Some while ago, during the course of my Masters, I shared with you a poetry sequence called In Colchis. This was based on the mythological character of Medea and her relationship with her family on Colchis, transposed to a modern setting, almost like our present time. The perspective of Aeetes, Medea’s father, was explored and his world was torn.

I present to you the story after Medea and Jason, once they come to Corinth, and Medea finds herself alienated.

Between the two are poetic retellings of the lives of less prolific mythic figures.

Here is: The Eagle That Drags The Sun.

 

I wear glasses now

The summer solstice has passed, there is life everywhere, and I will doubtless have a splendid time in the sun. Yet, this year, and last year, loss stole in and marked this time for me. None of it expected. All of it brought people together.

I have not written about a friend’s death for years now but I have tried to again. Below is my attempt.

Sunlight on a stranger

Beautiful strangers on trains:

We have all seen them,

And all have one

That sticks and stays

To come again on lonely trips.

He is devastating,

In that sense of understanding

What I lack.

That I cannot know him

That whatever he is doing

Whatever he is writing,

Exists ten feet away

Yet functionally an expanse.

Sunlight seems to cling to him,

The day glorying in his studied expression;

Sunlight seems to live on him,

He had stepped out of a portrait

In a style since abandoned

For its perfections did not suit dim reality.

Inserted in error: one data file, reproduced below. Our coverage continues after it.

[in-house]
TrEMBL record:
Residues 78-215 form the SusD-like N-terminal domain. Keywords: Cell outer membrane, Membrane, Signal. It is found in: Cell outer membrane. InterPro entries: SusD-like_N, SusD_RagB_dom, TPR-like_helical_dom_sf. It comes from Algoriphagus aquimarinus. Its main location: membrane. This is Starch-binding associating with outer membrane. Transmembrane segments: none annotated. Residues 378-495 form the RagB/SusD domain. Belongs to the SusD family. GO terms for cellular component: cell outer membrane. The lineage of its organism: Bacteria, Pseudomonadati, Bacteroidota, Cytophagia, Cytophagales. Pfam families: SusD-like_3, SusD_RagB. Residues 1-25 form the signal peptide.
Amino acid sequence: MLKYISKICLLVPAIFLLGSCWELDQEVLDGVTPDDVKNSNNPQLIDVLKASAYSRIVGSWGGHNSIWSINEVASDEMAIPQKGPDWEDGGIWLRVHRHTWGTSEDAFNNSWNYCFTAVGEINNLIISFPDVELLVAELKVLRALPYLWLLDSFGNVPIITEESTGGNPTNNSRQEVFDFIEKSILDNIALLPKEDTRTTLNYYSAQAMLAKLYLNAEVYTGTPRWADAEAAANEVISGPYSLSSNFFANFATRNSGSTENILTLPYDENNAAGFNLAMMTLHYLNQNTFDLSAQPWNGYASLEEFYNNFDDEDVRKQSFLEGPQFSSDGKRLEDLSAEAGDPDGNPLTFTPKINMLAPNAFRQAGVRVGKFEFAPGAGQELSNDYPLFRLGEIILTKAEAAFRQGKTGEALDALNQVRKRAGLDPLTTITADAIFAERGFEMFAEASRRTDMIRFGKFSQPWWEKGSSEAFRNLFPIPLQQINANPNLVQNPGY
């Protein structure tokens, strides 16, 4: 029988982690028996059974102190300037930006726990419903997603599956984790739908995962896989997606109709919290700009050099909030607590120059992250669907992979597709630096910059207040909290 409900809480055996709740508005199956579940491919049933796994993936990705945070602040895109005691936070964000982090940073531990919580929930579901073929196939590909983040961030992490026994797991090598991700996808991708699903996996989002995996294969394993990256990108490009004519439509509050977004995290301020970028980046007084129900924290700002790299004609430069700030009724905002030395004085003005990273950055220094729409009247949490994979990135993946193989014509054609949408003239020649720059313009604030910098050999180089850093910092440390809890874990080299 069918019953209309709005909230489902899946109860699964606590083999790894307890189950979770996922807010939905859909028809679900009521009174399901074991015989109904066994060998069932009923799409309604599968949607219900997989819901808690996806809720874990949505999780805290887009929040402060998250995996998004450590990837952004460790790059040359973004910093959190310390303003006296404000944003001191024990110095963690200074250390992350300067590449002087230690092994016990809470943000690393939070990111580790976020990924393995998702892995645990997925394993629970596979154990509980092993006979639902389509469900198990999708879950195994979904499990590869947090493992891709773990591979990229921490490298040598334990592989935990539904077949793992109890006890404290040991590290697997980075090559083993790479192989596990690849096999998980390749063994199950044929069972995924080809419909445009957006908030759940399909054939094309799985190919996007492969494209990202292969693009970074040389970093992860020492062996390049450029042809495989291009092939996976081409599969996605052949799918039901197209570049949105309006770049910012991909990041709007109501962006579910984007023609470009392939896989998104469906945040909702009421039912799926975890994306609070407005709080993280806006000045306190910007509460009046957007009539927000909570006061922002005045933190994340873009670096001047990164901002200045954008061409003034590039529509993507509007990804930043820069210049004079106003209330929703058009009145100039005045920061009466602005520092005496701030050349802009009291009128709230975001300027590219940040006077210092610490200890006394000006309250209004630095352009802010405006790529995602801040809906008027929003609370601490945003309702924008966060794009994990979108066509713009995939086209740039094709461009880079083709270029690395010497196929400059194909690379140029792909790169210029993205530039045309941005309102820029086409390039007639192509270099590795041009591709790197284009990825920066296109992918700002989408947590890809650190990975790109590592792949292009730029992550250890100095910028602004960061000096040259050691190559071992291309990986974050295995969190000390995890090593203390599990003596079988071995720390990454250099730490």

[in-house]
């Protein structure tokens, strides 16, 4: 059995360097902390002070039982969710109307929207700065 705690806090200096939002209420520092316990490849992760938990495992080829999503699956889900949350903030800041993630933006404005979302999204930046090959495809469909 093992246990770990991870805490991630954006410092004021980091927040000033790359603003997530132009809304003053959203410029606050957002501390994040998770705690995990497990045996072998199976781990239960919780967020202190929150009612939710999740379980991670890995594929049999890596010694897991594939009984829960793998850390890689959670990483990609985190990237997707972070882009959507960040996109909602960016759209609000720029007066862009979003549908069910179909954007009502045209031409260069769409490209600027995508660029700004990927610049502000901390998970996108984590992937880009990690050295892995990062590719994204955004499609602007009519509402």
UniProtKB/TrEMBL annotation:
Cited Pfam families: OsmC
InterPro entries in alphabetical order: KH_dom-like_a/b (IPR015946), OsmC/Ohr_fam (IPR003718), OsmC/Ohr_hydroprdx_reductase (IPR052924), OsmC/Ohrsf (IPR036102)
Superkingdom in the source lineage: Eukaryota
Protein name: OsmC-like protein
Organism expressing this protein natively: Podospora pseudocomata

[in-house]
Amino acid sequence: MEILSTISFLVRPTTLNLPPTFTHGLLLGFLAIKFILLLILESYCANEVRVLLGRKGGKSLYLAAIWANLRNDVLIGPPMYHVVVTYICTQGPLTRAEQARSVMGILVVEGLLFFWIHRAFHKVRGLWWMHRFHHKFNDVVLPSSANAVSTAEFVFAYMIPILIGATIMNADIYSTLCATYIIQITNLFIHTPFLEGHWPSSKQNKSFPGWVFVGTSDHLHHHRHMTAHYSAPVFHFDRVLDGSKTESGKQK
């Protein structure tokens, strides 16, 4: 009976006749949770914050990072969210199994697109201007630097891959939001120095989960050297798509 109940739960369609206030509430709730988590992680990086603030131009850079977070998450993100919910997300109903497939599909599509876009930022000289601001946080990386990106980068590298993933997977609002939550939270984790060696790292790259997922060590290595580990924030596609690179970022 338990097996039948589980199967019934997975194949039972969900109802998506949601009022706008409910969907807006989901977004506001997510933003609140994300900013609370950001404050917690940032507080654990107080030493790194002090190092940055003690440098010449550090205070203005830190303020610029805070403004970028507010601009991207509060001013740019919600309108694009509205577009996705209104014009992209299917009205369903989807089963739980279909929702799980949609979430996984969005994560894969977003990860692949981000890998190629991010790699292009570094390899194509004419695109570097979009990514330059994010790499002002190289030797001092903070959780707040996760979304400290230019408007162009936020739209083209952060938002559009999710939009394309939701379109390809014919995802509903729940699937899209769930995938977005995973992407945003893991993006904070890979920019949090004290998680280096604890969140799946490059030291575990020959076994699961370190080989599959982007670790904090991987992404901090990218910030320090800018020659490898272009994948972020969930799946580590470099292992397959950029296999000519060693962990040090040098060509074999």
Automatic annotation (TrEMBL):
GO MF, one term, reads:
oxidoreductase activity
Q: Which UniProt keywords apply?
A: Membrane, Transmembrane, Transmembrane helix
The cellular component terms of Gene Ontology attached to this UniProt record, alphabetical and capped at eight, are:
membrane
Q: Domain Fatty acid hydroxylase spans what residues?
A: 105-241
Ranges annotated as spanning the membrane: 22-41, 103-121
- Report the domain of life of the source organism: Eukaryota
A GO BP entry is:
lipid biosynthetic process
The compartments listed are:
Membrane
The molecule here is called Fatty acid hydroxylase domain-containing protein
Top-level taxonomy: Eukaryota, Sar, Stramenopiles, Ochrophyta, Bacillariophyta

Eyes meet, and that will be knowledge,

All the knowing we have of one another,

Made up and unmade in a second,

I am left with the memory of

Sunlight on a stranger.

Affection’s many faces

Listen here you stupid cunt, I love you yeah?

Shut up whore, gimme a hug

I love you, you fucking reprobate

Don’t touch me! Love you bitch

Give me your big head so I can hug it and also make fun of your big head

But no really, I do care about you deeply

These are things I say to my friends

Stop being so silly

You’re a ridiculous woman

You’re so bad at singing

Please don’t fart you’ll clear the room

Have you dyed your hair again?

I love you so much

These are things I say to my mum

You’re the worst

You can’t just say you’ve won!

Yeah you’re right, that’s shit

I don’t know why white people like it either

At least you’ve learned to blend

We’ve got each other but don’t tell anyone I was nice to you yeah?

These are things I say to my sister

You’re a dirty old man and you’re not even fifty

Why do you hate art?

That’s a rubbish joke

I don’t want to watch Air Crash Investigations before we get on a plane

Haven’t you see this war film like eight times? Oh it’s a different one? Can’t tell

You’ll always be family, no matter what

These are things I say to my dad

C’mere you little asshole

Don’t avoid me you little bitch

Let me love you you bastard

I’m going to steal you

I’ll get you one day

Fine suit yourself…

These are legitimately things I have said to cats

Romance is grand to have

Being alone is easy at times

But never forget

Affection’s many faces

A First Impression: An Hesselius Tale

This was the little neo-Victoriana Gothic ditty which gained me a favourable reference for my MA a year ago, as British Gothic, and I would like to share it in its collected form A First Impression: A Hesselius Tale.

I borrow Sheridan Le Fanu’s Dr Martin Hesselius and recast him as a curmudgeonly magician, with a new assistant (to the tune of Conan Doyle), the eight fingered Mr Joseph Freer, a former surgeon with a troubled past. I hope to soon begin work on another Hesselius tale, a reworking of Carmilla for some vampiric action, under the title Une Femme Nocturne. And then you can expect a werewolf visitation from Clothed In Moonlight. No more promises though, go enjoy the story!